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Lecture 5 gas exchange


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Lecture 5 gas exchange

  1. 1. Lecture 5. Gas Exchange• cellular respiration, oxidative processes within cells• external respiration, exchange of O2 and CO2 between the organism and its environment
  2. 2. Gas Exchange Surfaces• for diffusion to be effective, gas-exchange regions must be: – moist – thin – relatively large• effectiveness of diffusion is enhanced by vascularization
  3. 3. Respiratory Organs• cutaneous respiration (direct diffusion)
  4. 4. Respiratory Organs• Tracheal systems (branching system of tubes)
  5. 5. Respiratory Organs• Gills or branchia (external or internal) papulae (dermal branchiae or skin gills)
  6. 6. Respiratory Organs• Gills or branchia (external or internal) gills in axolotl (Ambystoma mexicanum) branchial tufts (gills) in marine worm
  7. 7. Respiratory Organs• Gills or branchia (external or internal)parapodia in ragworm (Nereis spp.)
  8. 8. Respiratory Organs• Gills or branchia (external or internal)
  9. 9. How a fish ventilates its gills
  10. 10. countercurrent flow/exchangeCopyright © 2002 Pearson Education, Inc., publishing as Benjamin Cummings
  11. 11. Respiratory Organs• Lungs (invaginations)
  12. 12. • Lungs of frogs A frog ventilates its lungs by positive pressure breathing.
  13. 13. • Lungs of mammals
  14. 14. • Lungs of mammals Mammals ventilate their lungs by negative pressure breathing.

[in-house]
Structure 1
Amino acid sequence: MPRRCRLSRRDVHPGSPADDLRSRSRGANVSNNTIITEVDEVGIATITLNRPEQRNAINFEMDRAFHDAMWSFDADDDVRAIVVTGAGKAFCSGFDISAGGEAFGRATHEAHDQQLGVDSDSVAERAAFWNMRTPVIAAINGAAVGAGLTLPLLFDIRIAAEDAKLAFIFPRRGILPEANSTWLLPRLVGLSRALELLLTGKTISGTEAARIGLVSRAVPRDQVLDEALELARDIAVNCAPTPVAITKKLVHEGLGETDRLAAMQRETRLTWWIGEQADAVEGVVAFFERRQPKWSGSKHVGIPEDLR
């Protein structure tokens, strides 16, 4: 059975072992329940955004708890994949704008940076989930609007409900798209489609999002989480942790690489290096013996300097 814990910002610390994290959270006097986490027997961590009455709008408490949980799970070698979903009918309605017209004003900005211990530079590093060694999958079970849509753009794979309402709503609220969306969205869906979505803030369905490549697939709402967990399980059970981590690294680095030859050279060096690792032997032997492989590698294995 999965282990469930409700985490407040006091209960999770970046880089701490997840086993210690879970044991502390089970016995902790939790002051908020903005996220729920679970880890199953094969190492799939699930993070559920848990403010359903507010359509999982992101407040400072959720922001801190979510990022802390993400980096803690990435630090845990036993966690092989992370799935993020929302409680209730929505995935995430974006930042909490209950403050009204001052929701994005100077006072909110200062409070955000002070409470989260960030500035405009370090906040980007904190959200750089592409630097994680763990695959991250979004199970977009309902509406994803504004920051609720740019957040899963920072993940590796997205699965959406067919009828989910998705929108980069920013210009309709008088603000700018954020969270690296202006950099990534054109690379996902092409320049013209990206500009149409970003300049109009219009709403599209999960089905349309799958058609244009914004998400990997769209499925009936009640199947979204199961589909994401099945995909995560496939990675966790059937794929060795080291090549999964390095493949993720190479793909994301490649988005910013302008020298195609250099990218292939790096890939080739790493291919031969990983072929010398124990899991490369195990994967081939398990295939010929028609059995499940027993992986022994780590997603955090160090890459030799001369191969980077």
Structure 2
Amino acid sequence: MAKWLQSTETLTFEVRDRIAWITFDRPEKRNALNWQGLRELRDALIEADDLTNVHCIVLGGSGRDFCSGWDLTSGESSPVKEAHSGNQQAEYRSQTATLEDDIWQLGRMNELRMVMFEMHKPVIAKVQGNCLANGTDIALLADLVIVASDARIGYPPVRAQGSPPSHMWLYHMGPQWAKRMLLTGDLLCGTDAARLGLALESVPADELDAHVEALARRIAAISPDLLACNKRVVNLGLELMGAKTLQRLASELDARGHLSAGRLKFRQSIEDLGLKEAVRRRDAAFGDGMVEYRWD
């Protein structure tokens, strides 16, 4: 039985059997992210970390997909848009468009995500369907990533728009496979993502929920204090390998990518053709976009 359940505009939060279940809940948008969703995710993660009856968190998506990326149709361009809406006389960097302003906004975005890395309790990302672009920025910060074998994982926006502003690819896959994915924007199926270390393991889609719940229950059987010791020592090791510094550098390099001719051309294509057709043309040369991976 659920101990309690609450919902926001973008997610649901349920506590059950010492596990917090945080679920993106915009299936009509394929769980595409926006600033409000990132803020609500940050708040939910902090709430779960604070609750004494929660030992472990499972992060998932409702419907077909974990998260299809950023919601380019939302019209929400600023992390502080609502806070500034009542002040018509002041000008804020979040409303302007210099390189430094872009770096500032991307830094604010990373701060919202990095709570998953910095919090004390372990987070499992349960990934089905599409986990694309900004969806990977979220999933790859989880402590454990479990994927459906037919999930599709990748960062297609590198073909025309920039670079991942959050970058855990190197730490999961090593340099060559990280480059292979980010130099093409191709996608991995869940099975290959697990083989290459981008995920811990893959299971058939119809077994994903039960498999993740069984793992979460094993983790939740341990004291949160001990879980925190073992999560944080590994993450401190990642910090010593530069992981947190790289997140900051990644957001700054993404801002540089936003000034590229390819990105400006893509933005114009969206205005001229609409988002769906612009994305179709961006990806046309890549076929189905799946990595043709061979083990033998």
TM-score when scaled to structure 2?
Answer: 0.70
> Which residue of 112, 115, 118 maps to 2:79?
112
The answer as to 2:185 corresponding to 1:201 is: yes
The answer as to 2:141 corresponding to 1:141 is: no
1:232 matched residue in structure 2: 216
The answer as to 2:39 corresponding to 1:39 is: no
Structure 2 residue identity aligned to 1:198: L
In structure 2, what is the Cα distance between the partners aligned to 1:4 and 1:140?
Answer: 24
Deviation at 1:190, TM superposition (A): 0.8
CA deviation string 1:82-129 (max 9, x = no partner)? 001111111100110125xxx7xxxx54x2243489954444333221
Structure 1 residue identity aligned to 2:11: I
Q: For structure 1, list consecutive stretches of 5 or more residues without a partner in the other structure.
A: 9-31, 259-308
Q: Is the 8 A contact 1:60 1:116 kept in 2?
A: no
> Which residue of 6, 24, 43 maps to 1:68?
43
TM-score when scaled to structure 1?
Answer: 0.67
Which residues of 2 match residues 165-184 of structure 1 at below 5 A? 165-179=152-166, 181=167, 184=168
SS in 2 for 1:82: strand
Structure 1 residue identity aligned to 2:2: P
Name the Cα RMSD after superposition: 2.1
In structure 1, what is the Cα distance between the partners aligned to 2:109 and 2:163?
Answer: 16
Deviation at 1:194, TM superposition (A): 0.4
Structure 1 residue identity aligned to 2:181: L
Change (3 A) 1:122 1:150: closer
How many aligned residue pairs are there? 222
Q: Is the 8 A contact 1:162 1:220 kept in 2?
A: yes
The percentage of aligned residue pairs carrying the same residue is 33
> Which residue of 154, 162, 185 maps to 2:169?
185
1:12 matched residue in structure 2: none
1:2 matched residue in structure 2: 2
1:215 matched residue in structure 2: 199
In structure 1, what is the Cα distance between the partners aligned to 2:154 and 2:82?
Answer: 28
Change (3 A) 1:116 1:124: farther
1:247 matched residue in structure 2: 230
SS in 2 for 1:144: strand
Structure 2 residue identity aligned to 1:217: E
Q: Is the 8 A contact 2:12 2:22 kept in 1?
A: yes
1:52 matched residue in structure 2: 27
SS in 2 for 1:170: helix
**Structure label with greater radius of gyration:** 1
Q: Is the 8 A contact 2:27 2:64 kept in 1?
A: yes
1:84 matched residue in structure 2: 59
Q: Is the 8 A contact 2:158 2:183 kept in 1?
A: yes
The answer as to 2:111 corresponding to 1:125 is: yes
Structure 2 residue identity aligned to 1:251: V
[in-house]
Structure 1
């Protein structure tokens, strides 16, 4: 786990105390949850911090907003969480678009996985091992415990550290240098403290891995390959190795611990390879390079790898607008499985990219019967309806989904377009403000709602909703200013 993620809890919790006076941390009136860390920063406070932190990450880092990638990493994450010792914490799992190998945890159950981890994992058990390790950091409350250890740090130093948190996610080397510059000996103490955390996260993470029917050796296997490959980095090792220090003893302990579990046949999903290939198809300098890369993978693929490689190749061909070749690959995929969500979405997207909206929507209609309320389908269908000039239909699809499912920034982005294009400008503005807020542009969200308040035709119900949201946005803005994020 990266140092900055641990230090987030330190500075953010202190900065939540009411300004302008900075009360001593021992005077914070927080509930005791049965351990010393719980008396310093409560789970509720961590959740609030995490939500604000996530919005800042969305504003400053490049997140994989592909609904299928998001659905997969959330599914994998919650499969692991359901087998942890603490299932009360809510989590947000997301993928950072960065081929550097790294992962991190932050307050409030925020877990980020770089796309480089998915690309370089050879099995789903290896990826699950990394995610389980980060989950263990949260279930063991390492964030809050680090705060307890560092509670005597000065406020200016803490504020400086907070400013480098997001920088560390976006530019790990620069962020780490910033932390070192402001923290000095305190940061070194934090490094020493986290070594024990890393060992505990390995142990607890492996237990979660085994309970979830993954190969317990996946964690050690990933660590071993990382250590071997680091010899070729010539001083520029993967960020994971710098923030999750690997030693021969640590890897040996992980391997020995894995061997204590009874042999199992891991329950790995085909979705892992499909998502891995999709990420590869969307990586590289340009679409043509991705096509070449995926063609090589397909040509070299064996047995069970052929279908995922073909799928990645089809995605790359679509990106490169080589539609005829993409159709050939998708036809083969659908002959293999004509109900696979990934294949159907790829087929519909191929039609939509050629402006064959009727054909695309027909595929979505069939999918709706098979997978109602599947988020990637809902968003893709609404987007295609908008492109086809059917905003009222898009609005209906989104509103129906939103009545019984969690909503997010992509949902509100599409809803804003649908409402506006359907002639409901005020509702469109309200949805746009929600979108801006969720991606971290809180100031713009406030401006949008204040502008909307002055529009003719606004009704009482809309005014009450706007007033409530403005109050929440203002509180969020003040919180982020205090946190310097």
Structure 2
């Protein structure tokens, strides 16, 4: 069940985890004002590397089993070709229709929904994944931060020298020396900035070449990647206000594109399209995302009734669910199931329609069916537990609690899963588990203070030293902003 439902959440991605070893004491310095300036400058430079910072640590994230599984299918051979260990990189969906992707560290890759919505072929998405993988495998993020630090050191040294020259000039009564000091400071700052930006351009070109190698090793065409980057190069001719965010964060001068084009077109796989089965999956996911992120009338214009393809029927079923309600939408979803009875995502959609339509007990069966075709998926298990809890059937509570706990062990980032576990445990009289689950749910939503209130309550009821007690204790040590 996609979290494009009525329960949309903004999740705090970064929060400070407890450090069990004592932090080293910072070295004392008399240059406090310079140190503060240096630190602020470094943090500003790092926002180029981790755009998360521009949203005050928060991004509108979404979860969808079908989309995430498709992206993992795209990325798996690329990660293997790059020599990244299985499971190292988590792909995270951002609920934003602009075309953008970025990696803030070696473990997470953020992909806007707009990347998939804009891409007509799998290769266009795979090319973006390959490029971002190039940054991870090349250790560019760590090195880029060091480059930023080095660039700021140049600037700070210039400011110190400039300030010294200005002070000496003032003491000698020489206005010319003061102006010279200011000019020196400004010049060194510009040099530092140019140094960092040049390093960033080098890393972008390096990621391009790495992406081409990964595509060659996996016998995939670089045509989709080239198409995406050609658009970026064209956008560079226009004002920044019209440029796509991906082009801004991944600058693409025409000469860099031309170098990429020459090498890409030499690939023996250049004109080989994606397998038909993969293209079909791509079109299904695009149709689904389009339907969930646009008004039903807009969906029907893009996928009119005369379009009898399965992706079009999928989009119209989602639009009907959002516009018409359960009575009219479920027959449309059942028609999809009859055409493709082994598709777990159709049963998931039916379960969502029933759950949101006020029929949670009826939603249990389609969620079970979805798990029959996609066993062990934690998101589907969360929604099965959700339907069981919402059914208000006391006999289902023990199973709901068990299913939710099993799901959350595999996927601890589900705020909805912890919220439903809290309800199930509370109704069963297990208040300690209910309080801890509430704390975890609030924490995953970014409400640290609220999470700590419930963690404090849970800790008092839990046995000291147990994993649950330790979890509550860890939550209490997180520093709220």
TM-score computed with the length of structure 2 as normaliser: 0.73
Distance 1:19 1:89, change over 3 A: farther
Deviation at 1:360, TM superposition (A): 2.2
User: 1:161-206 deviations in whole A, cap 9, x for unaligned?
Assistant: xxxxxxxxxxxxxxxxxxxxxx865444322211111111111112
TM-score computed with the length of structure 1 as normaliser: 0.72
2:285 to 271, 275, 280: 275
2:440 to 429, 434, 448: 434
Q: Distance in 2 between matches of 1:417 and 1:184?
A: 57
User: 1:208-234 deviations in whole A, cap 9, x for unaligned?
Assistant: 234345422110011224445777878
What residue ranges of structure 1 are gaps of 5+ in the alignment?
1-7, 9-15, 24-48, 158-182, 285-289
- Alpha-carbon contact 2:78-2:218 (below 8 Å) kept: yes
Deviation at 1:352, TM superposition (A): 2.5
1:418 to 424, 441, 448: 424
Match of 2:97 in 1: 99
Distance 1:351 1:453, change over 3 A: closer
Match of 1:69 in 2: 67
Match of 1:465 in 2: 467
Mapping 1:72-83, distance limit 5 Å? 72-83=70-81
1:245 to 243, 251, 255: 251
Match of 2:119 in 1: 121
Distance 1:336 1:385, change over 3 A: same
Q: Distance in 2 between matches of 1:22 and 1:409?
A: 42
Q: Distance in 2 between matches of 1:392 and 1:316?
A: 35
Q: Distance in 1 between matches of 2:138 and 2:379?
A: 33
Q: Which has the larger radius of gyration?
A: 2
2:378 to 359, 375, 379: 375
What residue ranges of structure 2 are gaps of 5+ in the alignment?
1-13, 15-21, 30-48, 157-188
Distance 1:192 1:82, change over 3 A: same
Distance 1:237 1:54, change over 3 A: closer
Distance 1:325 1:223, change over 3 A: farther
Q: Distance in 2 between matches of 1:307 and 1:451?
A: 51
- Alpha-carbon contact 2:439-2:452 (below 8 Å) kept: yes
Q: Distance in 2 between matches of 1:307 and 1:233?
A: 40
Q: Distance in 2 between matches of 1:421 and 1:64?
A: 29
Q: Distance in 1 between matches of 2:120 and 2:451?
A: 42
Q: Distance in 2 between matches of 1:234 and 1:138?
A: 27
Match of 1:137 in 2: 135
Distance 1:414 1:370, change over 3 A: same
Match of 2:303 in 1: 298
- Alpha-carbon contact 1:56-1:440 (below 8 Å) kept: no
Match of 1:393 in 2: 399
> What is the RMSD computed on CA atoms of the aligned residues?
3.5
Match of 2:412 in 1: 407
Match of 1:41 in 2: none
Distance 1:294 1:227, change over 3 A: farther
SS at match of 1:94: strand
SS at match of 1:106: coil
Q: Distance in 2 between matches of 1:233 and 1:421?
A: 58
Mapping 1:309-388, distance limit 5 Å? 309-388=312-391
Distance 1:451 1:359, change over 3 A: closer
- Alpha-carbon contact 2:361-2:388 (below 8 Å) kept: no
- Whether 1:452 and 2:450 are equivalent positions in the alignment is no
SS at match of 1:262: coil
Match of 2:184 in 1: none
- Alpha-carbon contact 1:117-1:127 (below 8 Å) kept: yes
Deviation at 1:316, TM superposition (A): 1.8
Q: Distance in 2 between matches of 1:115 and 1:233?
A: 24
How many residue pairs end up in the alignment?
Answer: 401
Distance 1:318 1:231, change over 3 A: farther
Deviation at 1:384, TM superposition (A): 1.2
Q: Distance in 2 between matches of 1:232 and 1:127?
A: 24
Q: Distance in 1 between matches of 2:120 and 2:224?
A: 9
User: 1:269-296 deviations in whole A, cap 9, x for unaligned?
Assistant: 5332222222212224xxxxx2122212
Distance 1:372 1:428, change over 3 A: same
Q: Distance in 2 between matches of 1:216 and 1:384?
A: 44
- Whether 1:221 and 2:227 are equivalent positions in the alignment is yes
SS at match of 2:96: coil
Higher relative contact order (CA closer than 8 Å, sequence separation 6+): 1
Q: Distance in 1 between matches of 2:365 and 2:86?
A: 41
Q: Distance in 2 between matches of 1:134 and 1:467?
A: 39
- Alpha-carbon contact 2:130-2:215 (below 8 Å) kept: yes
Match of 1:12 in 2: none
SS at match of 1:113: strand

15. 15. • Lungs of birds
  16. 16. • Lungs of birds
  17. 17. • the volume of air an animal inhales and exhales with each breath is called tidal volume – it averages about 500 mL in resting humans• the maximum tidal volume during forced breathing is the vital capacity – about 3.4 L and 4.8 L for college-age females and males, respectively
  18. 18. • most animals transport most of the O2 bound to special proteins called respiratory pigments – hemocyanin – hemoglobin
  19. 19. • when the control center registers a slight drop in pH, it increases the depth and rate of breathing, and the excess CO2 is eliminated in exhaled air
  20. 20. • O2 diffuses into pulmonary capillaries• most O2 combines with hemoglobin in red blood cells to form oxyhemoglobin• CO2 diffuses out of pulmonary capillaries• most CO2 is transported in the form of bicarbonate ion• some CO2 combines with hemoglobin to form carbaminohemoglobin
  21. 21. Fig. 31.27
  22. 22. • cooperative oxygen binding and release is evident in the dissociation curve for hemoglobin
  23. 23. • a drop in pH lowers the affinity of hemoglobin for O2, an effect called the Bohr shift